The thirties saw Lerner build his two careers simultaneously, publishing articles in Ivy League law reviews and journals while also writing for the New York Herald Tribune, The Nation and The New Republic. During his year as a lecturer in Harvard’s government department, Lerner was introduced by Harold Laski, already a friend, to another future friend, Felix Frankfurter. Years later, according to Lakoff, Frankfurter would lobby the president of Brandeis to improve Lerner’s position and draw him away from the habits of mind that journalism “begets in its practitioners.”
For the most part, however, Frankfurter provided the sterling intellectual company that enabled Lerner to develop clear views on charged issues of the thirties: the New Deal, the Supreme Court’s so-called judicial restraint, Roosevelt’s court-packing scheme. Lerner’s primary view, expressed in an influential 1933 law review article, was that “the Constitution had been made into a weapon for the defense of economic inequality and used against all attempts to modify property rights for the sake of economic democracy.”
For almost fifty years, Lerner would continue to comment on the social issues of his time, both in short genres and in once-famous books such as It Is Later Than You Think (1938), a study of liberalism that popularized the title phrase. Like any biographer faced with a play-by-play of so prolonged an intellectual life, Lakoff struggles valiantly to capsulize Lerner’s views.
He recounts Lerner’s prominence as a spokesman for Popular Frontism before World War II and his activism in favor of early US involvement against fascism. (Lerner spent a day with Roosevelt at Hyde Park in 1941, talking philosophy and urging a tough stand toward Nazi Germany.) Lakoff shows Lerner becoming a “Walter Lippmann of the democratic Left” in the forties, suffering criticism for supporting our wartime alliance with the Soviet Union for too long (Walter Winchell referred to him as “Marx Lerner”), then suffering further criticism in the fifties for becoming a “centrist liberal,” backing pro-UN internationalism, collective security and containment.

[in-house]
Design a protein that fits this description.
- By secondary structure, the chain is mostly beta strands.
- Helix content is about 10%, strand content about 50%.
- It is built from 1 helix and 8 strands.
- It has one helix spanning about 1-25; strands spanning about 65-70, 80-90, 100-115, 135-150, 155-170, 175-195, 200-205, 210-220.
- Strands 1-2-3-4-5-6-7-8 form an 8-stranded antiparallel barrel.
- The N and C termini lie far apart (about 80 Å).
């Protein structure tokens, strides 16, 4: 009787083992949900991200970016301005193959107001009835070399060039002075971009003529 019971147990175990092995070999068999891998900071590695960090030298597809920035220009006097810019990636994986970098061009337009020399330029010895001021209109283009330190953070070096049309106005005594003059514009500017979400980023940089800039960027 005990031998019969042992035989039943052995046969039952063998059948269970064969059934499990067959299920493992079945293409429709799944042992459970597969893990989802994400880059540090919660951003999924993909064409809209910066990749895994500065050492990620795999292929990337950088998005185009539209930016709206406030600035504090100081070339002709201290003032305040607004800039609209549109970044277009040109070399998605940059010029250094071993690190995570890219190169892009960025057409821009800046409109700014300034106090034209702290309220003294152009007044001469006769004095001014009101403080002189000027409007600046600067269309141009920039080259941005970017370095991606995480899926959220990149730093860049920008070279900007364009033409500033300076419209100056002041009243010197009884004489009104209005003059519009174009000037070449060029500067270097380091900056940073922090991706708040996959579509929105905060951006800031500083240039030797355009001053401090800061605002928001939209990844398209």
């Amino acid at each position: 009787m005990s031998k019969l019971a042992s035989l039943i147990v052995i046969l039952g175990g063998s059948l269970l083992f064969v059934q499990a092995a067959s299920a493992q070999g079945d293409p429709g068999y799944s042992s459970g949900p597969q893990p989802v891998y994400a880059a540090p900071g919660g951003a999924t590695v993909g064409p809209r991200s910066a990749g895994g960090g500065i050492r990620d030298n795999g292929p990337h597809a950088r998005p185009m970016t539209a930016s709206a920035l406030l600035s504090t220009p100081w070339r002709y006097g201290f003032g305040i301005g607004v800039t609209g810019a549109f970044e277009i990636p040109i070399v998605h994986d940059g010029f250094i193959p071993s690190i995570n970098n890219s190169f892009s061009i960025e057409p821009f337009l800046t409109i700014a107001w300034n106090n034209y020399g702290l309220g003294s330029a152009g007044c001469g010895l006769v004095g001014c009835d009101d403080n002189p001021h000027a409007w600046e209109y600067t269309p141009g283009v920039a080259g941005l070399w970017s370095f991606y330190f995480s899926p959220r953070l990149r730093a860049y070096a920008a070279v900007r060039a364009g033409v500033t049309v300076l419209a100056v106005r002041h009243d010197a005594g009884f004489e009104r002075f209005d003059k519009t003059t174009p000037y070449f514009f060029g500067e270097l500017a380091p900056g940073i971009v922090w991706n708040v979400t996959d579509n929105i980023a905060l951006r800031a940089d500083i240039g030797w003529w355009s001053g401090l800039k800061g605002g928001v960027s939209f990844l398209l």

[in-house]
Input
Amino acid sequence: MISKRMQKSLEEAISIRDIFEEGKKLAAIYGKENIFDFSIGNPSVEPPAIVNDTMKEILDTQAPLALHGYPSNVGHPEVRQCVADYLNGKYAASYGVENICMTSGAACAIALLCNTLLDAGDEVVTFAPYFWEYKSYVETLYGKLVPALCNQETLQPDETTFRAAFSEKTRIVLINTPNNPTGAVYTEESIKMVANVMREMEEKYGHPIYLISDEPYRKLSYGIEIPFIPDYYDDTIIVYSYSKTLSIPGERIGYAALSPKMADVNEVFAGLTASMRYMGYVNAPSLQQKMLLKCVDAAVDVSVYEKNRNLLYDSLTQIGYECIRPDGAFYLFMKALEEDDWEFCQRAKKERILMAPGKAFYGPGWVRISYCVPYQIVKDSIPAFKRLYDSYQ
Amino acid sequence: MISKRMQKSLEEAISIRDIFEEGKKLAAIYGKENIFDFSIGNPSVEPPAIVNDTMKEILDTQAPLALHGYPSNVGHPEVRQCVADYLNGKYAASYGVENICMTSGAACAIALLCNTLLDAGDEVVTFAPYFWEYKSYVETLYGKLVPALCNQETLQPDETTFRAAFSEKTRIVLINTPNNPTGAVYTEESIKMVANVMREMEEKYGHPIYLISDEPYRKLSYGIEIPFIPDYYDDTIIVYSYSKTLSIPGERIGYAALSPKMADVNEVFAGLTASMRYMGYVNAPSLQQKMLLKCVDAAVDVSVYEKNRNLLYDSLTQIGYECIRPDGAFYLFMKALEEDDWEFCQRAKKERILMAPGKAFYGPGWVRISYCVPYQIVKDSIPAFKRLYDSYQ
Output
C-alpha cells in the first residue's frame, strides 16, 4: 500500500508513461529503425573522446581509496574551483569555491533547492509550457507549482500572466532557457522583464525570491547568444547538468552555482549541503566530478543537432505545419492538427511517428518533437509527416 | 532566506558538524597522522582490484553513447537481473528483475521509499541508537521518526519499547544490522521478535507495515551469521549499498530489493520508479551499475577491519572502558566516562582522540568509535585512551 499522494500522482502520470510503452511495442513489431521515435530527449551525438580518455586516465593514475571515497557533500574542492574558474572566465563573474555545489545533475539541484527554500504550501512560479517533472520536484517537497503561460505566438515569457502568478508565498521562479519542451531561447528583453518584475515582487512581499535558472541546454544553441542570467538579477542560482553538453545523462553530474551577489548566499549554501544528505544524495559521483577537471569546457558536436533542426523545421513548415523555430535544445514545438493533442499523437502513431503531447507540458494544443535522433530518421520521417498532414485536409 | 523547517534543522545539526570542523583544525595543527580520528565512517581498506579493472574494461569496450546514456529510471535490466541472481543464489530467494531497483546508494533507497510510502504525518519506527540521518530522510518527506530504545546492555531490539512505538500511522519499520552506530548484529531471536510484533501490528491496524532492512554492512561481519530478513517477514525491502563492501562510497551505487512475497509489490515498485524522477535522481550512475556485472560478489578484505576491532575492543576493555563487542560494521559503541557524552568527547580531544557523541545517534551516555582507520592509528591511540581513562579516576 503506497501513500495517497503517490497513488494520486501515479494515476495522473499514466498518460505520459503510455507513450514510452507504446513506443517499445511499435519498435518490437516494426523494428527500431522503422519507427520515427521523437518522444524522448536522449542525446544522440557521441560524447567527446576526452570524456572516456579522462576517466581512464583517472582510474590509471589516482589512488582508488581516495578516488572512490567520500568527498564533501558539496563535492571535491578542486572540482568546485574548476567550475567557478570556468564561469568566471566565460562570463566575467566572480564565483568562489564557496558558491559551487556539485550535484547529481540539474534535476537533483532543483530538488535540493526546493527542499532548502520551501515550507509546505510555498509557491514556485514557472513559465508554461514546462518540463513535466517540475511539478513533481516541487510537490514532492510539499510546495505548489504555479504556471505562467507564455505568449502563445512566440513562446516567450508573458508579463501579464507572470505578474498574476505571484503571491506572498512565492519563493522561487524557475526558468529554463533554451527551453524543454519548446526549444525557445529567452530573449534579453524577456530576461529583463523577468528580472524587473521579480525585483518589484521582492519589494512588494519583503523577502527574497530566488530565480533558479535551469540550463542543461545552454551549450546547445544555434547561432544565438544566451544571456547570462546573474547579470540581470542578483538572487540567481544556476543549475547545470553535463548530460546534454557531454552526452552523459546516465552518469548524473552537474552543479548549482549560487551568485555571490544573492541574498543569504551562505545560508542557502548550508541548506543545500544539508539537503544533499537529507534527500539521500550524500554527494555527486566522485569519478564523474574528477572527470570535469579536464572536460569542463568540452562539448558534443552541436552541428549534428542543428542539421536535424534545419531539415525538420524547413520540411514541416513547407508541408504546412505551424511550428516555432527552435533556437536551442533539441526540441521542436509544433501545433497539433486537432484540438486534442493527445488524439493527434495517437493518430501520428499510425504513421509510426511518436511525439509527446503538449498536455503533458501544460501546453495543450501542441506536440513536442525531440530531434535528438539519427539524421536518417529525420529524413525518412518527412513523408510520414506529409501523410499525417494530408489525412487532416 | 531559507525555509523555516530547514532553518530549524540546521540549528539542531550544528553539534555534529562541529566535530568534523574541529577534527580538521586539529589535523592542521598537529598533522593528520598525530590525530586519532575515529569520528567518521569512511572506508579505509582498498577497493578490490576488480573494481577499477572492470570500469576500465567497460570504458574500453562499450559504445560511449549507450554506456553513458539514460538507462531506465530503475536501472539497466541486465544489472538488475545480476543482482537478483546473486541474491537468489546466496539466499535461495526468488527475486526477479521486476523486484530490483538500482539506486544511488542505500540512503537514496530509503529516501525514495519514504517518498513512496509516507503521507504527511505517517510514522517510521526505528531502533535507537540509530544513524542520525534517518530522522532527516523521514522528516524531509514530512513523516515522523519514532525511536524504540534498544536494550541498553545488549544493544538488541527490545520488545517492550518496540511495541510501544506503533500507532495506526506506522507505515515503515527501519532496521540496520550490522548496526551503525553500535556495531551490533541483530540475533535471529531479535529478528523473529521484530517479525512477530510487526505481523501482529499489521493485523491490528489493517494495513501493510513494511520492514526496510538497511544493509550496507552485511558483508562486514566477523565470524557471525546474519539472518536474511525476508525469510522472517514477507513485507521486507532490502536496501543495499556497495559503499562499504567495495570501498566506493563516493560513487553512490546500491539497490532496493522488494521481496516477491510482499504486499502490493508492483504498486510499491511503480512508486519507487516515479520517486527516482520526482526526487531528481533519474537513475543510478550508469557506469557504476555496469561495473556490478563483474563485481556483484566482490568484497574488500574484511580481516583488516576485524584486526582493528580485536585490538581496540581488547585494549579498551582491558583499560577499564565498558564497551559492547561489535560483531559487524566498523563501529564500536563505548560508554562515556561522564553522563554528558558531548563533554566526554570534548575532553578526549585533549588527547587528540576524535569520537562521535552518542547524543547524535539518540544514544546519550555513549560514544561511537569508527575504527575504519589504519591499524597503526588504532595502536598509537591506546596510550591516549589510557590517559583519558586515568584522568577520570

Lakoff continues to hover closely as Lerner becomes “the spokesman for liberal New York opinion” in the sixties and seventies through his New York Post column. He examines Lerner’s attacks on the New Left and the hippie values that offended him, and he follows his man into the seventies, when Lerner began his celebration of “eros” with Hefner, whom he exalted as a great American “guilt killer” (“I teach him sex,” Lerner joked, “and he teaches me politics”). Steadfast to the end, Lakoff finally scrutinizes Lerner’s least attractive years, in the eighties, when the columnist became more routinely centrist, denounced political correctness, clung to an image of priapic virility and obsessed over illness and immortality.
Amid his subject’s almost suffocating avalanche of commentary, Lakoff rightly centers Lerner’s claim for enduring importance on his triumph, America as a Civilization. If, as various speakers suggested at a Manhattan tribute to Alfred Kazin last fall, that Jewish son of Yiddish-speaking immigrants invigorated the reading of American literature by thinking “with his whole body,” Lerner achieved something similar for US intellectual history. Lakoff accurately describes America as a Civilization as “a prodigious and extremely ambitious effort of synthesis, ranging over the country’s social history, natural setting, literary and popular culture, economics, and politics, as well as its national character and style–all in an effort to define what was unique about the country and to analyze the factors that accounted for its development.”